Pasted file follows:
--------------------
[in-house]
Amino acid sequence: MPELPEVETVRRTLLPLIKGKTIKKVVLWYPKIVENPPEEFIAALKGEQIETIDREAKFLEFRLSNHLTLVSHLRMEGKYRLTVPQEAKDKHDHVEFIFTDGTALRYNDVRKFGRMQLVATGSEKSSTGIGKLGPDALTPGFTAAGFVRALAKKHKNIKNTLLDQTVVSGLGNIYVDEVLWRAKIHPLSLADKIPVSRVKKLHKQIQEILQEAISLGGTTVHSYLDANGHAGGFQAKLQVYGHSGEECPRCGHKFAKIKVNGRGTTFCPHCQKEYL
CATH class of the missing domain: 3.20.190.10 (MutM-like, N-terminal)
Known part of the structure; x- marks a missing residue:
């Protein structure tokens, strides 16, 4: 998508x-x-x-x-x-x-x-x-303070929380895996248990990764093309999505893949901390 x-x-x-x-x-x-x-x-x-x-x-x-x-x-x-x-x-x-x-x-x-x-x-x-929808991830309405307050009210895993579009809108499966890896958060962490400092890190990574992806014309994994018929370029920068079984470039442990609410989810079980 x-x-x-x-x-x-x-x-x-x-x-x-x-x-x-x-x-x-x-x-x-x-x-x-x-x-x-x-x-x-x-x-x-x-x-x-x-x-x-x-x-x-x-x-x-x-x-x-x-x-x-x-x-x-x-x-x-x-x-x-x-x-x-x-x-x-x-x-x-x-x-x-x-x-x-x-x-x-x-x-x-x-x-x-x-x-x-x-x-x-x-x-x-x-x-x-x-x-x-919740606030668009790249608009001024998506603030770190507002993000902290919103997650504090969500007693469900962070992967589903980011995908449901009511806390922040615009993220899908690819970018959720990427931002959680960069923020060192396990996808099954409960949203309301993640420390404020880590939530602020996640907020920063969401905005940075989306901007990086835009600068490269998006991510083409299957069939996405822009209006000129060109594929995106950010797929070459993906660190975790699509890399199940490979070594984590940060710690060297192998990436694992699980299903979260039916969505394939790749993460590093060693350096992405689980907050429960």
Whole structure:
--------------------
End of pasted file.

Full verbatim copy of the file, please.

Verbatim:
[in-house]
Amino acid sequence: MPELPEVETVRRTLLPLIKGKTIKKVVLWYPKIVENPPEEFIAALKGEQIETIDREAKFLEFRLSNHLTLVSHLRMEGKYRLTVPQEAKDKHDHVEFIFTDGTALRYNDVRKFGRMQLVATGSEKSSTGIGKLGPDALTPGFTAAGFVRALAKKHKNIKNTLLDQTVVSGLGNIYVDEVLWRAKIHPLSLADKIPVSRVKKLHKQIQEILQEAISLGGTTVHSYLDANGHAGGFQAKLQVYGHSGEECPRCGHKFAKIKVNGRGTTFCPHCQKEYL
CATH class of the missing domain: 3.20.190.10 (MutM-like, N-terminal)
Known part of the structure; x- marks a missing residue:
């Protein structure tokens, strides 16, 4: 998508x-x-x-x-x-x-x-x-303070929380895996248990990764093309999505893949901390 x-x-x-x-x-x-x-x-x-x-x-x-x-x-x-x-x-x-x-x-x-x-x-x-929808991830309405307050009210895993579009809108499966890896958060962490400092890190990574992806014309994994018929370029920068079984470039442990609410989810079980 x-x-x-x-x-x-x-x-x-x-x-x-x-x-x-x-x-x-x-x-x-x-x-x-x-x-x-x-x-x-x-x-x-x-x-x-x-x-x-x-x-x-x-x-x-x-x-x-x-x-x-x-x-x-x-x-x-x-x-x-x-x-x-x-x-x-x-x-x-x-x-x-x-x-x-x-x-x-x-x-x-x-x-x-x-x-x-x-x-x-x-x-x-x-x-x-x-x-x-919740606030668009790249608009001024998506603030770190507002993000902290919103997650504090969500007693469900962070992967589903980011995908449901009511806390922040615009993220899908690819970018959720990427931002959680960069923020060192396990996808099954409960949203309301993640420390404020880590939530602020996640907020920063969401905005940075989306901007990086835009600068490269998006991510083409299957069939996405822009209006000129060109594929995106950010797929070459993906660190975790699509890399199940490979070594984590940060710690060297192998990436694992699980299903979260039916969505394939790749993460590093060693350096992405689980907050429960």
Whole structure: